Monday, Tuesday--May 7/8

This is my 3-year-old granddaughter Madison, working hard on her version of learning.

Mr. Nemenic, please remember to leave me a note of which class was the most well-behaved all around for you during my absence.  I would appreciate your rating on all of them, if you would kindly give them a 1-5 score with 5 being the best.  Thanks!

Students:  If you did not get your draft of (6th) Glogster Autobiography, (7th) Ancient History Timeline, and (8th) This I Believe Essay to me, you are late and should do that immediately during WARM-UP time.  Remember, if you are using GoogleDocs, just invite to your document.  If you are making a Glogster, don’t worry—I can see it with my log in.  If you made an essay draft in Word, you need to email it to or

7th Graders: Here’s a fascinating timeline of the human race, Humanline.


This week you will set aside your projects to do some other shorter assignments with Mr. Neminic.  Please remember that he is in charge and respect his wishes.

Last week I mentioned to you that research on learning shows we learn better by figuring out answers for ourselves. Here’s that article. I’m wondering what you think about that, so I am posting this adapted article, which you must read and consider:

Debate: Scaffolding vs. Struggling – Can Teachers Be Too Helpful?

Thanks to and quotes directly from The Edublogger’s Author: Ronnie Burt, who was recently debating best instructional strategies in the classroom when working with students.

Some teachers believe (and much research will show), that students will remember more and understand better when they struggle with concepts and new ideas. Learning experiences that provide students an opportunity to play with concepts and figure out on your own are best.

The other teachers (with good reasoning and research to back it up too), believe that students who struggle will shut down. They believe the better approach is to provide as much scaffolding as possible – activities that walk through information in a step-by-step manner.

No doubt that to some extent this will depend on the learner, content, environment, and more. But there is a general philosophy at play.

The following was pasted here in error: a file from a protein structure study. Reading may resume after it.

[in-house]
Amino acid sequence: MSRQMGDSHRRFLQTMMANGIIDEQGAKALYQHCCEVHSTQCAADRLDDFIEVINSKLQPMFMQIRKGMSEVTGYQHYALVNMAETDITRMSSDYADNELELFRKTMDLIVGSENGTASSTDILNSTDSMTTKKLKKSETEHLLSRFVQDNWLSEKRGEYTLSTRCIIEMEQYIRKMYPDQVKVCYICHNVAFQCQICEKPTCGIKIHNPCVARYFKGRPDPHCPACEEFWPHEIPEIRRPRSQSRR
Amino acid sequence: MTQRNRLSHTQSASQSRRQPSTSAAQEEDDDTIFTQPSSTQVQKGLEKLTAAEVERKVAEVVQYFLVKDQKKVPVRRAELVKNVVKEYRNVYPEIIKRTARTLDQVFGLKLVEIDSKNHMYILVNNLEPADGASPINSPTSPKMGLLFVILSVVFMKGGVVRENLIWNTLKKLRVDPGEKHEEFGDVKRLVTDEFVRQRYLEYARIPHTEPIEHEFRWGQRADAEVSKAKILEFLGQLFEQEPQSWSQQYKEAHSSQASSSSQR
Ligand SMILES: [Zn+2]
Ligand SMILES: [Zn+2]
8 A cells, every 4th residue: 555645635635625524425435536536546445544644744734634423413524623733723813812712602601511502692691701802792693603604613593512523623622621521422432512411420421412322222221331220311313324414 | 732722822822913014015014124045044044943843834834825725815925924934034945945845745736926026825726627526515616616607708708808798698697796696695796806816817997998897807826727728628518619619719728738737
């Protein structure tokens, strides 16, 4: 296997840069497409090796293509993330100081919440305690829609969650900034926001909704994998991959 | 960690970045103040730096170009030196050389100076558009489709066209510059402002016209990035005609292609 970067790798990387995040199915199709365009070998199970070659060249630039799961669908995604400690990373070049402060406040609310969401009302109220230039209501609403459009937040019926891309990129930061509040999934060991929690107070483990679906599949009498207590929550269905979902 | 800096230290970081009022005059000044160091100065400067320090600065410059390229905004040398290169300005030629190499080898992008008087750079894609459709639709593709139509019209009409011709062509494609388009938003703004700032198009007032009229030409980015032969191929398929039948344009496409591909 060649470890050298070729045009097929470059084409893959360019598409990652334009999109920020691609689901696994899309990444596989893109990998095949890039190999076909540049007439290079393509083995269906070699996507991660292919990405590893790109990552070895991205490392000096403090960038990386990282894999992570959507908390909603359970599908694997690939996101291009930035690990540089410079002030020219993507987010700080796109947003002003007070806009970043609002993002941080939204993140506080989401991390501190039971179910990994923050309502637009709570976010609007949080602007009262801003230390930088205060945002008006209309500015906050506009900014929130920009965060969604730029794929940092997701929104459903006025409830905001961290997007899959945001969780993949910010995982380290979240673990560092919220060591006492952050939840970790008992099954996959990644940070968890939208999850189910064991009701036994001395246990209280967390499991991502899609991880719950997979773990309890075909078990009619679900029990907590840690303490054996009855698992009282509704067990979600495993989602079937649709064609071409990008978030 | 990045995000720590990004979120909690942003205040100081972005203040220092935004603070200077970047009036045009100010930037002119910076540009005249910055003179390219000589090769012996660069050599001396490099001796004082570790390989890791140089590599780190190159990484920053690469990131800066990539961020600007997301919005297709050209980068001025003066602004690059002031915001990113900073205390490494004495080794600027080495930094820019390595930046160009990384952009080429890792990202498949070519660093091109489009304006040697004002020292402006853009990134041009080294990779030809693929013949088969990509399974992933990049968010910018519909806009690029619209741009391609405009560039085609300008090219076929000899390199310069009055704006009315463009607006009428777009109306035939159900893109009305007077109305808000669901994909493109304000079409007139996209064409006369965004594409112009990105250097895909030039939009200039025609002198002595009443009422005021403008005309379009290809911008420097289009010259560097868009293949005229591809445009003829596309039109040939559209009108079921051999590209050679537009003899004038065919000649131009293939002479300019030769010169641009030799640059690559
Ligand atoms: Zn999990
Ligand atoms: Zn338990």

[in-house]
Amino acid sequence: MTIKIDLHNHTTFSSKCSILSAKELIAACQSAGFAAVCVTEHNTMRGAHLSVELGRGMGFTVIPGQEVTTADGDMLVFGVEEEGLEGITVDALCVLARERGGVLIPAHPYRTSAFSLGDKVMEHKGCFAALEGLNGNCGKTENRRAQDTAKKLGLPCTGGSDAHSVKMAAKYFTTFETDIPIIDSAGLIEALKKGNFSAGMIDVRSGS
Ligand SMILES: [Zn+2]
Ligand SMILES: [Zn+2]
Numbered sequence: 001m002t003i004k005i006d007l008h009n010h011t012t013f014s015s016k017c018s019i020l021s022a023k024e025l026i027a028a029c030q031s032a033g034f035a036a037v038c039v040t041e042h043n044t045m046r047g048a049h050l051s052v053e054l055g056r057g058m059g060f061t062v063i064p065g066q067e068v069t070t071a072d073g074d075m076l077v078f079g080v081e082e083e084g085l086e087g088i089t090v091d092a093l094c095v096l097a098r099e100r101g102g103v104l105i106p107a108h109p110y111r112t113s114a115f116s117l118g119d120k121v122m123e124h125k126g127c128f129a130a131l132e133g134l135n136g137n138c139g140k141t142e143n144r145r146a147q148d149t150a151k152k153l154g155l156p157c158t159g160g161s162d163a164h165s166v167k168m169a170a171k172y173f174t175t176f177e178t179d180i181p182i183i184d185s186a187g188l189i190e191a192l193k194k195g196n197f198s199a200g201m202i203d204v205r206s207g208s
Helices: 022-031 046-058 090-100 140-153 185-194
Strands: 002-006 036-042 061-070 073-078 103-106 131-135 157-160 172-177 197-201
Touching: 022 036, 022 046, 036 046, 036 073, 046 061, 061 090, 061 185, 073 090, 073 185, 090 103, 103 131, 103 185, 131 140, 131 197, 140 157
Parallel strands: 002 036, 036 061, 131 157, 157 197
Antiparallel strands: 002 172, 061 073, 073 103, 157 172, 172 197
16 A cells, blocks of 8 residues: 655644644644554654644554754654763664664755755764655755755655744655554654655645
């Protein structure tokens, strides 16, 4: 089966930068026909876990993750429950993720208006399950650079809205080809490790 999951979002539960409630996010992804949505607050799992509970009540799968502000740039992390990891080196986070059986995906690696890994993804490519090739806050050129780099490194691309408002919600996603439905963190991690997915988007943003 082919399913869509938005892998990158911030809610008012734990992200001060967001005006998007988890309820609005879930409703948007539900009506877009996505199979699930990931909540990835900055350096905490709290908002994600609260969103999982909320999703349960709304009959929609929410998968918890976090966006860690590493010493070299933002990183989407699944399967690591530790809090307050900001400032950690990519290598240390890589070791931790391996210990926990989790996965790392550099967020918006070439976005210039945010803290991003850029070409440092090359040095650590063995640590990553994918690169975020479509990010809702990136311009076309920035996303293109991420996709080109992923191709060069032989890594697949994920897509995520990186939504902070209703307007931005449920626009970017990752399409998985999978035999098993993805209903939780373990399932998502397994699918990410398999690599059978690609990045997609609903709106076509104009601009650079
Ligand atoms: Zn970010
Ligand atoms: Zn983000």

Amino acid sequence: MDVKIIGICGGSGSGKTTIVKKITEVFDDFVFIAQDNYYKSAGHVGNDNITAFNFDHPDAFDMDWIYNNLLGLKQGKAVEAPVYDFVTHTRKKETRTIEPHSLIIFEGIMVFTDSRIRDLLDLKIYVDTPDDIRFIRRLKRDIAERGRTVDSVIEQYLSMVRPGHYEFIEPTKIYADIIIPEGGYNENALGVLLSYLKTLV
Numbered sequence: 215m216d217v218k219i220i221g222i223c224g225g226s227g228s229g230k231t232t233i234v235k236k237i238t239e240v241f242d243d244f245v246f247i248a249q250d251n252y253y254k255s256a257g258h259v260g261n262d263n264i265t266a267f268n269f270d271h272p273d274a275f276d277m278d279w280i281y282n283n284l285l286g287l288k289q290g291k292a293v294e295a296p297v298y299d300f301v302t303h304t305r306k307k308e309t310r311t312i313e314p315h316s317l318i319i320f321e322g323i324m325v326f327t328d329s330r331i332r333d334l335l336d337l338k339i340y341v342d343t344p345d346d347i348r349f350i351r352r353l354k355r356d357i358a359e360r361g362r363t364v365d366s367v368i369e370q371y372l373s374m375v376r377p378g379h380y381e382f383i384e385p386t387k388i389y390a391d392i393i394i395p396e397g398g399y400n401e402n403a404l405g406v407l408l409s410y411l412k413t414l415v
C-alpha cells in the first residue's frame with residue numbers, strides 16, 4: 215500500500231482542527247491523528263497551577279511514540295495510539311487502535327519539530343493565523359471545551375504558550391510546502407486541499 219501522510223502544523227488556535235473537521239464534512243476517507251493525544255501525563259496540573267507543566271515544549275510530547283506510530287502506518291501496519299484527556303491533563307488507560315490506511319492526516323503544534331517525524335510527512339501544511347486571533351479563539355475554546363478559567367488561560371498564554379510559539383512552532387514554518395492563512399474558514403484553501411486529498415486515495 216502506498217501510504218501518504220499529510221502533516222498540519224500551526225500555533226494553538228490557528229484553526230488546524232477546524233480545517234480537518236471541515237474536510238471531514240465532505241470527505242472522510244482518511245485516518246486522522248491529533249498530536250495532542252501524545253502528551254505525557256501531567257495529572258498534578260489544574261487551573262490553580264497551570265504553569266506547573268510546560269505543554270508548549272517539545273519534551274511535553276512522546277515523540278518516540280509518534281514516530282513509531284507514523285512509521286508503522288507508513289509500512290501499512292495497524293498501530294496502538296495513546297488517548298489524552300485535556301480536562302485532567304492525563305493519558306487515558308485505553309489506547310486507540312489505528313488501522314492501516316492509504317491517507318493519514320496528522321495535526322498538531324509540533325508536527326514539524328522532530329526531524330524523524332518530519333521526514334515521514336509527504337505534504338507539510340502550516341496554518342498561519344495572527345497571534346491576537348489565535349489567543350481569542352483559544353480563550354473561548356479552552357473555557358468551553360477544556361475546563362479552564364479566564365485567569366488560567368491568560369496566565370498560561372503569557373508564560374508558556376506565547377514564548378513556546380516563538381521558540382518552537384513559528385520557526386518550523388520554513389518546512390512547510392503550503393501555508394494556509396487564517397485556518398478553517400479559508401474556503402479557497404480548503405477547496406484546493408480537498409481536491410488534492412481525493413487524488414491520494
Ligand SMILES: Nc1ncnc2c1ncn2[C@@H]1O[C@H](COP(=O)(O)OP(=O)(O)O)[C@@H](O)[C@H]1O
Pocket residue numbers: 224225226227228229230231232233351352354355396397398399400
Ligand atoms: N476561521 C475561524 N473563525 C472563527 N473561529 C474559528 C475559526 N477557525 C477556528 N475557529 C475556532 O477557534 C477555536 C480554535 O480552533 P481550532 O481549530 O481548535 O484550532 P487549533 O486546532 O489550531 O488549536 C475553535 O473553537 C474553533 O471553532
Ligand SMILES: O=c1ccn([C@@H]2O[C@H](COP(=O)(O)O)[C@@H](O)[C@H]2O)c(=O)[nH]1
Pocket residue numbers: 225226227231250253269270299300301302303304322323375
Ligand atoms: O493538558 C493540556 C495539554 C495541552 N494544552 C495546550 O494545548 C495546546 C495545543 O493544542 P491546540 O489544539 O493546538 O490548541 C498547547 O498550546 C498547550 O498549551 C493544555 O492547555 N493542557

What Say You? What’s Your Best Way to Learn?

I think you—my students—will have great insight into helping with this debate.  Let’s turn this into a blogging discussion!

Here’s what I’d like you to do:

  1. Draft and finalize a comment to me and your schoolmates about this topic.  You should draft your comment and finalize it in M.S. WORD. Share your thoughts, opinions, experiences, reasons, details, examples, your own research – or whatever you’d like — that’s directly related to the topic and is school-appropriate.  You must write between 50 and 100 words in your comment, except ELL, IEP, 504 and ILP’s may write 30 or more words.  Specialized learning plans can also ask a teacher or paraprofessional to help them if they wish to say the comment while the adult types it.
  2. You must include at least 2 hyperlinks to information about this topic which helped you form your opinions on how you learn best.
  3. Copy and paste your comment below (onto this blog).   DUE MONDAY BY 9PM.
  4. Tuesday in class you will draft, edit, finalize, and post a second comment in response to another student’s comment.  You need to say something new to that student in direct response to what they said in their comment. This comment should be 25+ words. Do not merely repeat your first comment!
  5. I will read, grade, and summarize your posts here.

Keep in mind these commenting guidelines adapted from the Grammar Girl blog:

  • Determine Your Motivation (Why are you writing and what do you wish to say?)
  • Provide Context  (Who are you?  What brings you to the topic?)
  • Be Respectful, Be Safe, Be Kind, Be Responsible, Be Prepared
  • Make a Specific Point
  • Know What You’re Talking About (Do the research to find your 2 hyperlinks.)
  • Make One Point per Comment  (Don’t tell me more than one main idea per comment.)
  • Keep it Short (Yours needs to be between 50 and 100 words, except ILP, IEP, 504 and ELL’s who must write between 25 and 75 words).
  • Link Carefully (Make sure your hyperlinks are correct and functioning.)
  • Proofread Your Writing and Then Edit and Finalize It!

I expect you to write quality comments.  By “quality comments” I mean:

  • writing the comment like a letter (greeting, body, closing, signature)
  • using correct spelling, punctuation and spacing,
  • reading over the comment and editing before submitting,
  • complimenting the writer in a specific way, asking a question, and/or adding new information to the post,
  • writing a relevant comment that is related to the post,
  • not revealing personal information in your comment.

We don’t need or want any comments that are short and generic, as in: “I like your blog!!!” or “This comment is so not cool.”  


Need more guidance?  Here are some links that may help you. You may not use these hyperlinks in your own writing.

  1. The More You Struggle With New Information, The More Likely You Are To Learn It.
  2. Kids learn better if they figure it out themselves: study
  3. What is Scaffolding in Education?
  4. Six Scaffolding Strategies
  5. How to comment like a king (or queen!)
  6. Blogging? It’s Elementary, My Dear Watson!